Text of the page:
Working With Yeast Again: French Bread Recipe

I don’t know about you, but I LOVE bread. Any & all types of bread. If I had to eat the same food everyday for the rest of my life, it would be fresh bread & butter.

I always wanted to make my own bread, without a bread machine. I wanted to make true, ‘from scratch,’ bread. The only thing is that yeast used to freak me out. I tried cooking with it once, and things did NOT turn out well, so from that point on I just kind of gave up on it. This is rare for me, anything involving cooking I will try over and over again until I get it right. For some reason though, using yeast again was not an option…until a couple of weeks ago.

Aviary Photo_130177866537283356

I really wanted French bread to go with our dinner, but I didn’t feel like going to the store to get it. So I thought I would give baking with yeast one more try. Boy am I glad I did!

This bread turned out PERFECT! SO make tastier than store bought bread, and it was actually pretty easy to make. Although time consuming, worth every second.

Aviary Photo_130177867771862033

French Bread

(adapted from this recipe)

Yield: 2 large loaves

Ingredients:

  • 1/2 cup warm water (100-110 degrees F)

  • 2 teaspoons sugar

  • 2 (.25 ounce) packages active dry yeast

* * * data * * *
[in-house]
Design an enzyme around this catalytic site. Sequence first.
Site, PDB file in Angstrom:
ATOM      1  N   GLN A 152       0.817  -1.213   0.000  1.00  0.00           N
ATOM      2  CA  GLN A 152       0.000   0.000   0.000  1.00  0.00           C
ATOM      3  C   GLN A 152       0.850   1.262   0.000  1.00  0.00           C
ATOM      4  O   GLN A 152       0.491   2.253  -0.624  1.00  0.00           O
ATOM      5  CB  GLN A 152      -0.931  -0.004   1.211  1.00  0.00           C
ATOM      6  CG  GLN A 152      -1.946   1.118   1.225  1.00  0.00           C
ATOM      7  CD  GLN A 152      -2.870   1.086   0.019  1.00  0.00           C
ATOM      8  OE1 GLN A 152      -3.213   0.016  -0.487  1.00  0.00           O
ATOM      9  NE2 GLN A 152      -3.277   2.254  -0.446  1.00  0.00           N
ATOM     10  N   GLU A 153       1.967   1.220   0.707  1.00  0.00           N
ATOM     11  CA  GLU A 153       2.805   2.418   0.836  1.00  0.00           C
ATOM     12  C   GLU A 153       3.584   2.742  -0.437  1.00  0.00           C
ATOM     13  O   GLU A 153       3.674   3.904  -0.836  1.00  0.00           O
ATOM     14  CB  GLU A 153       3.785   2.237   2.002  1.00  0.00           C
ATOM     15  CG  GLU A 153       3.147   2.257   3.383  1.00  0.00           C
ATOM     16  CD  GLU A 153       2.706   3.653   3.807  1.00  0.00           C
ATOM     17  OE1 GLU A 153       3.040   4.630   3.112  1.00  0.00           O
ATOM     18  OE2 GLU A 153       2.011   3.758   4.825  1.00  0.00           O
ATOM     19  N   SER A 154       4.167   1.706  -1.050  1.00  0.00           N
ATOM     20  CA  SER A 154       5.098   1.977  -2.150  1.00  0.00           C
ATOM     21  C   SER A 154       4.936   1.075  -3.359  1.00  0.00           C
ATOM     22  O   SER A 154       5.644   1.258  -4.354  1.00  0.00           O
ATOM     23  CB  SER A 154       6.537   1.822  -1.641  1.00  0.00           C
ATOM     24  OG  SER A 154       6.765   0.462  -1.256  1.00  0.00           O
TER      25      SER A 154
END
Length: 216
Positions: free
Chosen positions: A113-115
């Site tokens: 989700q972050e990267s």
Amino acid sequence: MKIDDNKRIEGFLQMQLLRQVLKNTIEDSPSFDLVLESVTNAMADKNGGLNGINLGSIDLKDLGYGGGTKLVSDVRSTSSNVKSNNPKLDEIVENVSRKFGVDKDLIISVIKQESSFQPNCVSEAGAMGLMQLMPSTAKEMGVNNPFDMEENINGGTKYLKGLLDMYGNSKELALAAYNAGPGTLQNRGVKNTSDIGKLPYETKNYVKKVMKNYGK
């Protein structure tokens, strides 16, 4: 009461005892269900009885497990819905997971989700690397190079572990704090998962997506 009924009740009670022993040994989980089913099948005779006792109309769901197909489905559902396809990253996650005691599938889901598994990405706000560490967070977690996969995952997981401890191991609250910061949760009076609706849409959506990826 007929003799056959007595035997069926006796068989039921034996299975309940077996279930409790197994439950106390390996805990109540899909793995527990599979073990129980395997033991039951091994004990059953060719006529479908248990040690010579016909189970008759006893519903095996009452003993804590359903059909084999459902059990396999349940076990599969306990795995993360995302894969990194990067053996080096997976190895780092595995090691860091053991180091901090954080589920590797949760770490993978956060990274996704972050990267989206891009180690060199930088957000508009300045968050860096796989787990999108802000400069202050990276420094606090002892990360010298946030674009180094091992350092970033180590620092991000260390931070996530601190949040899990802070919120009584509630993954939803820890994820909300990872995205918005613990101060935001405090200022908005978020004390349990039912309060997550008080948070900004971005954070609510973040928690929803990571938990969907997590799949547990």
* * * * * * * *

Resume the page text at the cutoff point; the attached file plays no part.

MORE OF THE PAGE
• 5 cups all-purpose flour, plus additional flour for kneading

  • 1 tablespoon salt

  • 1 and 1/2 cups warm water (110 degrees F)

  • 1 tablespoon cornmeal

  • 1 egg white

  • 1 tablespoon water

Directions:

  1. Proof Yeast: In a medium bowl combine 1/2 cup warm water, sugar, and the two packages of yeast, let stand 10 minutes. If mixture doubles in volume, the yeast is active. (if not, your yeast may be expired)
  2. In a large bowl, combine 2 cups flour, yeast mixture and salt. Stir in 1 and 1/2 cups warm water, and beat until well blended using a stand mixer with a dough hook attachment. Using a wooden spoon, stir in as much of the remaining flour as you can.
  3. On a lightly floured surface, knead in enough flour to make a stiff dough that is smooth and elastic. Knead for about 8 to 10 minutes total. (**Do NOT try to rush your kneading time- be sure to knead the ENTIRE time- even set a timer, if need be.) Shape into a ball. Place dough in a greased bowl, and turn once. Cover, and let rise in a warm place until doubled. (I left it for about 2 hours to rise, but that long is not necessary- at least an hour, I would say.)
  4. Punch dough down, and divide in half. Turn out onto a lightly floured surface. Cover, and let rest for 10 minutes. Roll each half into large rectangle. Roll up, starting from a long side. Moisten edge with water and seal. Taper ends.
  5. Grease a large baking sheet. Sprinkle with cornmeal. Place loaves, seam side down, on the prepared baking sheet. Lightly beat the egg white with 1 tablespoon of water, and brush on. Cover with a damp cloth. Let rise until nearly doubled, 35 to 40 minutes.
  6. With a very sharp knife, make 3 or 4 diagonal cuts about 1/4 inch deep across top of each loaf. Bake in a preheated 375 degrees F (190 degrees C) oven for 20 minutes. Brush again with egg white mixture. Bake for an additional 15 to 20 minutes, or until bread tests done. If necessary, cover loosely with foil to prevent over browning. Remove from baking sheet, and cool on a wire rack.